A parallel process will be used to extract the actinium from the thorium in TerraPower’s lab in Everett, said Latkowski, the TerraPower senior vice president of innovation. A radioisotope generator could have something to attract thorium in a column. The thorium will decay to radium-225, which has a 15-day life, and actinium-225, which has a 10-day half life, Latkowski said. Those isotopes, which may not be attracted to the material that attracts the thorium in the column, could be flushed out with a solution.
Thorium-229 is an isotope generated by the decay of uranium-233. Uranium-233 is a radioactive isotope of uranium that does not exist in nature, but it can be produced by bombarding thorium-232 with neutrons. It was created as an additional fuel source for nuclear reactors in case uranium-235 ran out. But U-233 proved to be unviable as a fuel source because its creation generated uranium-232, a highly unstable radioactive isotope.
Bolon, of Isotek, said about two tons of uranium-233 were produced in the 1950s and early 1960s. U-232 decays to thalium-208, which emits high-energy gamma rays, Bolon said. Most of the uranium at ORNL has uranium-232 in it, so workers will use areas known as “hot cells,” which have more shielding and where workers can manipulate hazardous materials remotely with mechanical arms.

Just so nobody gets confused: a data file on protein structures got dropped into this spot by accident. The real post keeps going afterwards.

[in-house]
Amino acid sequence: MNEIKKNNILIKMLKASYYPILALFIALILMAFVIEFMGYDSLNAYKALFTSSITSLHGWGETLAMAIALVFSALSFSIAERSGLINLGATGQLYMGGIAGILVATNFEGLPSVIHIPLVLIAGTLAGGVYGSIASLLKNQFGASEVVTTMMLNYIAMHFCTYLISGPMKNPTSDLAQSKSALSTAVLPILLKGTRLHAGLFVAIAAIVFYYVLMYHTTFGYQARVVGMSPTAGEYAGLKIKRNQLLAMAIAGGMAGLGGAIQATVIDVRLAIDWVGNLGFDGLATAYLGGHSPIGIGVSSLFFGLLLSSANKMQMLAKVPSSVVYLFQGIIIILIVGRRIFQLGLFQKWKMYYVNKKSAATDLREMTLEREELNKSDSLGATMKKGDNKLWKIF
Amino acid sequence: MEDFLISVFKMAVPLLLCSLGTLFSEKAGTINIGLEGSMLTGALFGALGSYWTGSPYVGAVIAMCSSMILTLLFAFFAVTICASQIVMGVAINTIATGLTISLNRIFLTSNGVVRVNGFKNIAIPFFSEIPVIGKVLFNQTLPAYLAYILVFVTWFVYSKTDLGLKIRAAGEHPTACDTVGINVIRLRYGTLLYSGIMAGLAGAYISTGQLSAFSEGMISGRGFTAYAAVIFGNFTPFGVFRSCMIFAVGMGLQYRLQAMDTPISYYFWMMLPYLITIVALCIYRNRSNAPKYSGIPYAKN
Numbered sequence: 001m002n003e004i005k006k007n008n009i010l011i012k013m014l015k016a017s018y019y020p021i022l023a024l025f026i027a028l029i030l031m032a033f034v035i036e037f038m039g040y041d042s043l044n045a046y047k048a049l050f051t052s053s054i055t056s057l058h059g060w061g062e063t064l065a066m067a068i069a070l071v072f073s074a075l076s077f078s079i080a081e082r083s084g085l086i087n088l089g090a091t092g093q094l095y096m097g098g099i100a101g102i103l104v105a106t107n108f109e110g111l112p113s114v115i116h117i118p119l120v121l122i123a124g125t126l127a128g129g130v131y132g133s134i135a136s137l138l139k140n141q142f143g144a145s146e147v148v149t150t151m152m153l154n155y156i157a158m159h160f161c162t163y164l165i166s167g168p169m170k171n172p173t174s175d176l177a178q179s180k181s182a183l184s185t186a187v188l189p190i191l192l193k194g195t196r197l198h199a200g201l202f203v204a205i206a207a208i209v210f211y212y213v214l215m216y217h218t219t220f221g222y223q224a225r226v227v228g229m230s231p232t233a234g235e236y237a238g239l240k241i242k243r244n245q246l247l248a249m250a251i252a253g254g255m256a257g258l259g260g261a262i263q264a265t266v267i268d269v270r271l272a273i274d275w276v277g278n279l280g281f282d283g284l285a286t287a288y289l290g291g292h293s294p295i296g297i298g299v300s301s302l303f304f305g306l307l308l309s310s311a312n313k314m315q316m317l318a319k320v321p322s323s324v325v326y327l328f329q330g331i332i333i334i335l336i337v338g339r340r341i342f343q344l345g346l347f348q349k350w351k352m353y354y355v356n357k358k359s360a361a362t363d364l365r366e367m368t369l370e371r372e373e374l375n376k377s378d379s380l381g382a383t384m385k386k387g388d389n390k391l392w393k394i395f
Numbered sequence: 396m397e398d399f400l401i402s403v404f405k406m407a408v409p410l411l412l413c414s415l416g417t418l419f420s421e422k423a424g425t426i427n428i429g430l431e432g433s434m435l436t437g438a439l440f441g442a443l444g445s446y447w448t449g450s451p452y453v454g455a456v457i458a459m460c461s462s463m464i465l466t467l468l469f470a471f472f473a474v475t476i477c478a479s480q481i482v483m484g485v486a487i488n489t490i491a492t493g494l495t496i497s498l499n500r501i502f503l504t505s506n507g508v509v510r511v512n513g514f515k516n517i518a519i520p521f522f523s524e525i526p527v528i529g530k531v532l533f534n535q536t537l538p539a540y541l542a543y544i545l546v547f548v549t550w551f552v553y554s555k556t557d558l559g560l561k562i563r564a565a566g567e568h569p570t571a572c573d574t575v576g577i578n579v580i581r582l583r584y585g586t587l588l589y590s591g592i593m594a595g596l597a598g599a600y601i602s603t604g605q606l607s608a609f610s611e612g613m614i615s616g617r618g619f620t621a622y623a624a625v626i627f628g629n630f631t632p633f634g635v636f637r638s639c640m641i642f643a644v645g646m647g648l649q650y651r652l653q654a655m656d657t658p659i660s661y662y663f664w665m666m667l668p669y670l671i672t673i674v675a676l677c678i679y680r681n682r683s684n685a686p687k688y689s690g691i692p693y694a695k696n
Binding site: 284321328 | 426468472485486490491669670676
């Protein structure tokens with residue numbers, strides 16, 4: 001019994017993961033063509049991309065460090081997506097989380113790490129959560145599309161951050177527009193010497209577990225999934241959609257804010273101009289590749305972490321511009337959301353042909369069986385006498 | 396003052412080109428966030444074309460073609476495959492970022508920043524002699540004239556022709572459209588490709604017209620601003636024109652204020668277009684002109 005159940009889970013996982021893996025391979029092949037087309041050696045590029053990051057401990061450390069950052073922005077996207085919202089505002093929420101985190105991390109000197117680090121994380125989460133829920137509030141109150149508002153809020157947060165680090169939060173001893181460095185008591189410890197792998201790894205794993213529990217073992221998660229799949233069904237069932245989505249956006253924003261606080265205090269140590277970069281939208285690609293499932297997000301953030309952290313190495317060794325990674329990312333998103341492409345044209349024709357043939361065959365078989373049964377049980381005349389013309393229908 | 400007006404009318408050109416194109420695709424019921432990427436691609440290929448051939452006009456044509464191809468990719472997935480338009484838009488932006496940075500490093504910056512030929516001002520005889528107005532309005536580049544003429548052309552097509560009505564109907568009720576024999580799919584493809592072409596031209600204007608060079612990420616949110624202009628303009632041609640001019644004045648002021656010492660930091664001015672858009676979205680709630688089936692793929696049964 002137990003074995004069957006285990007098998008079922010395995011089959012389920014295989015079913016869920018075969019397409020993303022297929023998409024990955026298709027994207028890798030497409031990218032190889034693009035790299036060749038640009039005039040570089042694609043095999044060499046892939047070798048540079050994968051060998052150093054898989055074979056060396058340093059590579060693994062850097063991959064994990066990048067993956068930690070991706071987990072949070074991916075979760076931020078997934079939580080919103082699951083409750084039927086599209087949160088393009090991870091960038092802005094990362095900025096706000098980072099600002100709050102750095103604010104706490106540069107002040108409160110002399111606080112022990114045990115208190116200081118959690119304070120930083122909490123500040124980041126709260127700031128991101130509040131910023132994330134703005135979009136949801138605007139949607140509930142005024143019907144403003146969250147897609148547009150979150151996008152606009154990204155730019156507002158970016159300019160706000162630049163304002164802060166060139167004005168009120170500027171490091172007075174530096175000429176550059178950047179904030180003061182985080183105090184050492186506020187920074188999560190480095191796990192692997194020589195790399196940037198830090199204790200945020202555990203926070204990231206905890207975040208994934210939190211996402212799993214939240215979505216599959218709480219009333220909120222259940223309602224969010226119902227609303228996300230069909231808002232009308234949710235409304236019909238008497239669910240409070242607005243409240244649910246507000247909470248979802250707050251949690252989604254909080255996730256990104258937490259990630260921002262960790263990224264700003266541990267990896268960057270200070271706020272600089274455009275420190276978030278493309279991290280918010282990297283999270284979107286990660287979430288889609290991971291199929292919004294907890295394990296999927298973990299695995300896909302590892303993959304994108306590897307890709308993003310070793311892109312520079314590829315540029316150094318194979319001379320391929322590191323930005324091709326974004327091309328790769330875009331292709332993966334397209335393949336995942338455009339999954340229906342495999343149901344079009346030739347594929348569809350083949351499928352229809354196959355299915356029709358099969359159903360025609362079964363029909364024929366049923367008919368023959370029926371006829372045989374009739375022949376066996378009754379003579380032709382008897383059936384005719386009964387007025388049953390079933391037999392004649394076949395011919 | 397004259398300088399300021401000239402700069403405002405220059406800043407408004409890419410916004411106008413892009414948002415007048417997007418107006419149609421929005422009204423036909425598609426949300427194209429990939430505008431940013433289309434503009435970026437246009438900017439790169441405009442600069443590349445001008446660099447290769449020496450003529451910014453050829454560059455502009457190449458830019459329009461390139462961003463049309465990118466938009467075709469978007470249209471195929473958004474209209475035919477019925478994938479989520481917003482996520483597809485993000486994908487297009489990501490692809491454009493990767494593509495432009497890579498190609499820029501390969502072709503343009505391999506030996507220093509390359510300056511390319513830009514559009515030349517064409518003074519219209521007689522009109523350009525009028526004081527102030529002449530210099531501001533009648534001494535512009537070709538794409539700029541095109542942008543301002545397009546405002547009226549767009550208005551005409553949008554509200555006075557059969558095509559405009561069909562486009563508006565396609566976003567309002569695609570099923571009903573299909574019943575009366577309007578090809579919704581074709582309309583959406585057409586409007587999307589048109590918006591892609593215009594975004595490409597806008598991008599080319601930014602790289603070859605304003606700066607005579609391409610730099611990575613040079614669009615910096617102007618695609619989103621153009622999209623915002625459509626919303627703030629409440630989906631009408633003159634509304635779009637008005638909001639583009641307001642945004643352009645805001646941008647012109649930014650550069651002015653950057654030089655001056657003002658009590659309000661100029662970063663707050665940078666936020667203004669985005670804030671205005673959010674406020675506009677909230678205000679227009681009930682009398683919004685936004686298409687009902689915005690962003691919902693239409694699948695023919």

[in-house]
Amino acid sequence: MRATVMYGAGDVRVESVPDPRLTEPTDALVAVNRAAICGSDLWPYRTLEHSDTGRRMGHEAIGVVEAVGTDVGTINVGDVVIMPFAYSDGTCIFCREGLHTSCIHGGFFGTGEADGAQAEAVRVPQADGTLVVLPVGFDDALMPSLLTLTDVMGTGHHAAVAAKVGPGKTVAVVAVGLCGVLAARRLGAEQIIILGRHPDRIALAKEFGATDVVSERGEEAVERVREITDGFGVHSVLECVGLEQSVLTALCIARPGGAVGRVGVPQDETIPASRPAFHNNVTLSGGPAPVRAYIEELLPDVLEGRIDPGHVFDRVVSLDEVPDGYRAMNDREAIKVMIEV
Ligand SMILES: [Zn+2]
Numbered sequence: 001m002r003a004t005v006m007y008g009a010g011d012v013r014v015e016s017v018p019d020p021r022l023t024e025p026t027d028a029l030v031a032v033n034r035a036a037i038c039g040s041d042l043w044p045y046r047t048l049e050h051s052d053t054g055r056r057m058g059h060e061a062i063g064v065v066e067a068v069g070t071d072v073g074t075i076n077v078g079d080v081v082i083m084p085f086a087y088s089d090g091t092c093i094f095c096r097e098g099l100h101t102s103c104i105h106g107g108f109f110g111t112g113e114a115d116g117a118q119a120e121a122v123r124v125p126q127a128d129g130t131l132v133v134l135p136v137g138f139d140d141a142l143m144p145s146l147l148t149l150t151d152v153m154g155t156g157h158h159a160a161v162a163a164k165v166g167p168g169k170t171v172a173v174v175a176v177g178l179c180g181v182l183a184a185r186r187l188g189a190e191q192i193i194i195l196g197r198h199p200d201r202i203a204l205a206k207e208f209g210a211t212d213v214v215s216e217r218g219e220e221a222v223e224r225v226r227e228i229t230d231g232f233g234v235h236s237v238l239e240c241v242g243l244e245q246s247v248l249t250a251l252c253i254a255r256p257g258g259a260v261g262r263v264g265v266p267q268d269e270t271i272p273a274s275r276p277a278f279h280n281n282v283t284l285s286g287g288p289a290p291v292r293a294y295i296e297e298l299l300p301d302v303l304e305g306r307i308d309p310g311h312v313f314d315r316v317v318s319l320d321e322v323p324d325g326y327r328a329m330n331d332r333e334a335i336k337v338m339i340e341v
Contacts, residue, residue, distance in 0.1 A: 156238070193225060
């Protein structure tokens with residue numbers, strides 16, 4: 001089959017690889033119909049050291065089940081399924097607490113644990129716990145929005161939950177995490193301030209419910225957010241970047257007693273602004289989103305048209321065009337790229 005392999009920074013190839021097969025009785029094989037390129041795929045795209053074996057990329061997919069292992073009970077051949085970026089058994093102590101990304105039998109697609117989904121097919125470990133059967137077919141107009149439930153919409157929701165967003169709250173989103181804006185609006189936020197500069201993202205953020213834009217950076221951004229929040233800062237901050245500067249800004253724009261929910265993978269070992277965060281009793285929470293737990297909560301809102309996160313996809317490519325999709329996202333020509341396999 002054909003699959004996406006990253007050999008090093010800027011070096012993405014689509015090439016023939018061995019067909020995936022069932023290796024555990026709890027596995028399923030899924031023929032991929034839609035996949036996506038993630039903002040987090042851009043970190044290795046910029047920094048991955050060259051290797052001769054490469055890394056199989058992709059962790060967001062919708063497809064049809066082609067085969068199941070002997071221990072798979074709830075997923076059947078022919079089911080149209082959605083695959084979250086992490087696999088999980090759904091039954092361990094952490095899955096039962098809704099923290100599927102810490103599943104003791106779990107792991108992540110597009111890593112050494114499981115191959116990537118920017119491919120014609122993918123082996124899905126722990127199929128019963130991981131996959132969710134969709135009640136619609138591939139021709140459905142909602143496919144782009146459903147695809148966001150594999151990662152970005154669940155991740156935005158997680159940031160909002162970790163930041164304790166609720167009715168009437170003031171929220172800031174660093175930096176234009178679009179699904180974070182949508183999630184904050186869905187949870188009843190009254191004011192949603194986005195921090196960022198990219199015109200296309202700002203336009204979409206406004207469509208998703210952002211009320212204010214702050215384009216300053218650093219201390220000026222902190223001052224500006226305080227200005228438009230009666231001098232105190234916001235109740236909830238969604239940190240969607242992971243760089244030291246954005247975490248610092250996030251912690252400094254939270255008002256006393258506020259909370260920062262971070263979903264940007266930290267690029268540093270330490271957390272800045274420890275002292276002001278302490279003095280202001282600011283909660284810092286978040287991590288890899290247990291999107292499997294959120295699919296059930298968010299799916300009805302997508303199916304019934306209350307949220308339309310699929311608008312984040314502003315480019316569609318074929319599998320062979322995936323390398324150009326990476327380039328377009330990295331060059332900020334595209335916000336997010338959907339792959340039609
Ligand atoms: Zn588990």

Bolon said the hot cells are being outfitted and processing could start in about a year.
More than 500 canisters of U-233 remain, mostly as uranium oxide but also in metal and ceramic monoliths. There are also sodium fluoride traps from the Molten Salt Reactor Experiment at ORNL, where uranium-233 fluoride salt and other fuels were tested.
About 60 canisters of Oak Ridge Oxide that were produced here can be processed in glove boxes, and that processing work will continue in the meantime, Bolon said.
The U.S. Department of Energy Office of Environmental Management announced in October that workers had started processing the U-233 powder in glove boxes a year ahead of schedule.
See our previous stories on uranium-233 here.
More information will be added as it becomes available.